Coldplay’s ‘A Head Full of Dreams’ provides feel-good jams

Coldplay's 'A Head Full of Dreams' provides feel-good jams

Coldplay

The British rock band Coldplay has always been known for their glaringly optimistic, yet simple musical style. Their newest (and possibly final) album “A Head Full of Dreams”  leans toward the latter style in stark contrast with their previous album “Ghost Stories.” Released on Dec. 4, the album’s sales are also being aided by the announcement that Coldplay is going to headline the “Golden Super Bowl” (Super Bowl 50). This announcement piqued people’s interest in the band.

Coldplay went all out in creating this album, recruiting artists such as Beyoncé, Tove Lo, and even an excerpt of President Barack Obama singing “Amazing Grace.” This yields an inspirational, uplifting dance-y record that showcases everything Coldplay is famous for and more.

The album opens with the title track “A Head Full of Dreams” that immediately lays the groundwork for the drastic reverse in direction from “Ghost Stories” in a more “Mylo Xyloto” direction. The bouncy oh’s in the background and Chris Martin’s optimistic and high vocals chirp at you almost immediately along with infective instrumentals.

One of the best tracks, “Hymn for the Weekend” is a complex in a way. While it is an amazing song with well-written lyrics “Oh, angels sent from up above, you know you make my world light up, when I was down, when I was hurt” and “So drink from me, drink from me, when I was so thirsty, we’re on a symphony,” it features Beyoncé in the background. The song is reminiscent of the last Coldplay/Beyoncé duo (from “Mylo Xyloto”), “Princess of China,” but in this one Beyoncé only gets to sing backing instead of sharing lead vocals. That is a waste of resources, but the track is still amazing.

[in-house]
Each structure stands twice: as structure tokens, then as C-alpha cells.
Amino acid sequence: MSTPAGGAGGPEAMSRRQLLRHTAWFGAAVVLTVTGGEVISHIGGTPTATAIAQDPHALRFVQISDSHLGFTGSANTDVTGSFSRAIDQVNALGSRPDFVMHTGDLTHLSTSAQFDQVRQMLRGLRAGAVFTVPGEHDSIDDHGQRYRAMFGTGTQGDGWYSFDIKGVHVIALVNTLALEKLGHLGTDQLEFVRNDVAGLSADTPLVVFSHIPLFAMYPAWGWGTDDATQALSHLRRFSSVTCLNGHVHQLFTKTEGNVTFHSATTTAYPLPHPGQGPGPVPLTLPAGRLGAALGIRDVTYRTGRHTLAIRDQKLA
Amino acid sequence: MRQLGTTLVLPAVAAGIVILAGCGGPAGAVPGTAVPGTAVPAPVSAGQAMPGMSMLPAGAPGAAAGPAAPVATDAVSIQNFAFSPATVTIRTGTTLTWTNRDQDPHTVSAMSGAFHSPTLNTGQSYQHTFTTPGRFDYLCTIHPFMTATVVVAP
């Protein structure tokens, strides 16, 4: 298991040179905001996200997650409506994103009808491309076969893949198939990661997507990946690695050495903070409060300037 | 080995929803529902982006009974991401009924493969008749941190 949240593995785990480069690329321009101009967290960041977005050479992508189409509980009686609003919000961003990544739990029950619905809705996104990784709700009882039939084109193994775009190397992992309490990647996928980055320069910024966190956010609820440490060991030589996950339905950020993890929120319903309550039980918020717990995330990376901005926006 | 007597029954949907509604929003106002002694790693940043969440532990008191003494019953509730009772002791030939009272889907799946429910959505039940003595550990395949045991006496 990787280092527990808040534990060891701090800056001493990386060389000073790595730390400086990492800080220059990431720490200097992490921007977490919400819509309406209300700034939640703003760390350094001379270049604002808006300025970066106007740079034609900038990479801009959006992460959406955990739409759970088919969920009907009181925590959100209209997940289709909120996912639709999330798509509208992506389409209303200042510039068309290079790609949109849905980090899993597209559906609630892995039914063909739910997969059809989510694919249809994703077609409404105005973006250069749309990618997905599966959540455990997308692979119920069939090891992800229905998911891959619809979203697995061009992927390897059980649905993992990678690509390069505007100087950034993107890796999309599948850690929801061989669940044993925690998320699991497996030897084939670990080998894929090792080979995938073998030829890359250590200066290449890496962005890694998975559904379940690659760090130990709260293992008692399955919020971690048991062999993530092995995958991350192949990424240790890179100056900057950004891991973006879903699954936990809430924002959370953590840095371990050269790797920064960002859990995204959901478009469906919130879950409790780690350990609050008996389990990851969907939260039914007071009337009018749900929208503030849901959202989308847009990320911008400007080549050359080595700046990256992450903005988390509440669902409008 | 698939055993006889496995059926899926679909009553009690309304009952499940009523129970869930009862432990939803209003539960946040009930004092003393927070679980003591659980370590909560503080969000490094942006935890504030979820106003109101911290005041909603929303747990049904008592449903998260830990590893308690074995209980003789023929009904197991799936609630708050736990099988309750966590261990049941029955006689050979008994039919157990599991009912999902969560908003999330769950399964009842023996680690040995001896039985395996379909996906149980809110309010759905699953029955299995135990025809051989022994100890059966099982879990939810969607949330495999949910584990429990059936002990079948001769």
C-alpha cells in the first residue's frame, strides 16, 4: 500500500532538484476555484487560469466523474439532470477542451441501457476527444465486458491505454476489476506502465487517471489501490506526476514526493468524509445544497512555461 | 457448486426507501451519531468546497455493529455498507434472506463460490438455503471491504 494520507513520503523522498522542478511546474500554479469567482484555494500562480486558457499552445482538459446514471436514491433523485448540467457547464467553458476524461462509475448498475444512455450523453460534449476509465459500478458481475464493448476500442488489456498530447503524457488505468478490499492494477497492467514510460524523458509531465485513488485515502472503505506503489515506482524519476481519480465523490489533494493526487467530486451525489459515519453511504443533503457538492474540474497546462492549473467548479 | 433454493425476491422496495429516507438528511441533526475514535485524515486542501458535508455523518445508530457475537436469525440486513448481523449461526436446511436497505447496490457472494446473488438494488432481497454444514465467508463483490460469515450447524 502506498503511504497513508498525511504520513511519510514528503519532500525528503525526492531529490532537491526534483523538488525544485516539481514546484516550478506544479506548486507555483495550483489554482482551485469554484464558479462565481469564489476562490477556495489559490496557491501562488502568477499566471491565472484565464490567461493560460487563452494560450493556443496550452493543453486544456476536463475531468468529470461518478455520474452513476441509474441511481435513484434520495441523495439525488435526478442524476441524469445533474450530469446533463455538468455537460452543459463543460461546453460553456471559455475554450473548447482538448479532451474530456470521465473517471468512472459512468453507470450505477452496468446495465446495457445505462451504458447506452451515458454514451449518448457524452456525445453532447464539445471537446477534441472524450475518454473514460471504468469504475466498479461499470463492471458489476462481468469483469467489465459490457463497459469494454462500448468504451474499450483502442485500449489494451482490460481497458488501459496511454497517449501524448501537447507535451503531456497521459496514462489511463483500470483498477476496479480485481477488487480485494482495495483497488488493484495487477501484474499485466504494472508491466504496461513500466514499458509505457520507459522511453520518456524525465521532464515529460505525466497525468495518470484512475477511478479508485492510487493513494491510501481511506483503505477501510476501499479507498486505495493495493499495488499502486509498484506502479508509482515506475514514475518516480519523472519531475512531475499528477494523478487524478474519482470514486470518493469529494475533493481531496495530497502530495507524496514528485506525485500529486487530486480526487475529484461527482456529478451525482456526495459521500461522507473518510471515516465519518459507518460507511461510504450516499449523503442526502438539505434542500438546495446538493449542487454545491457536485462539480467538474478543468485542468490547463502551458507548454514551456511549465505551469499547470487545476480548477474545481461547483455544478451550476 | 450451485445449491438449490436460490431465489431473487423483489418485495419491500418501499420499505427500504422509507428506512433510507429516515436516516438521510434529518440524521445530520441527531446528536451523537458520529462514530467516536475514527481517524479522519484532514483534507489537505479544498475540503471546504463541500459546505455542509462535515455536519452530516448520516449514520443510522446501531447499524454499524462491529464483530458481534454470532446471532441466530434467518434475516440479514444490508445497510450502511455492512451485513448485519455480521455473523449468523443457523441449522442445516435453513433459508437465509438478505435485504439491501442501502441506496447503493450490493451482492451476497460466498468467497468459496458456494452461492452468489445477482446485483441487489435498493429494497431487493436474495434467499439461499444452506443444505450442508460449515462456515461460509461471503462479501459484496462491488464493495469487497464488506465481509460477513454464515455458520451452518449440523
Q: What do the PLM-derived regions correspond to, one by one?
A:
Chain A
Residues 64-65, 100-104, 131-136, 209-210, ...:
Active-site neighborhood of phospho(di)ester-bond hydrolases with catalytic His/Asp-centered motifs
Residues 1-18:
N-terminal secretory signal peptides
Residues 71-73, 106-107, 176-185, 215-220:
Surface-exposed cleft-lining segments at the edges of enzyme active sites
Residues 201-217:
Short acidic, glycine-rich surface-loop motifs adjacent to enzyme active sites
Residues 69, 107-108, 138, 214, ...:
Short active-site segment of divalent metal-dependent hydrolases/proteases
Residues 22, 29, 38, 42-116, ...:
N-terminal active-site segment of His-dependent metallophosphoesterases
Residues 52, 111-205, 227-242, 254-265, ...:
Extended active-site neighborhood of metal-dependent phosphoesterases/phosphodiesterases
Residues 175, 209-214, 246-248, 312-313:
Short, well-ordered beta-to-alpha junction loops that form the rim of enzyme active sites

The lead single off the album “Adventure of a Lifetime” has one of the most upbeat hooks in the album. The lyrical delivery isn’t the most inventive, but is more than made up for with the music. Also, top-notch, good-feeling lyrics are ever-present: “And I feel my heart beating, oh you make me feel, like I’m alive again.”

Jangly pop synths and sounds continue their mark in following tracks like “Birds,” “Everglow” or “Up & Up.” The album has an all around bright feeling that can only lift the readers spirits, which is part of the magic around Coldplay, although it leads to some hate on account of being “sleep-inducing.”

The album’s return from the darker tones of Coldplay’s previous work isn’t just aesthetical, but a realization that their meditative and optimistic style is what has kept them in date long past their contemporaries for the last 15 years. Their last work, departing from this overall theme turned out being their worst-selling album.

If a person wanted to just feel good, even for no rhyme or reason, this album could definitely aid in that process. It is just so vibrant and full of energy that you can’t help but crack a smile when listening to it. For that reason it more than earns a 9.5/10, making listeners want to scream along “Woo-hoo” with Chris Martin and company.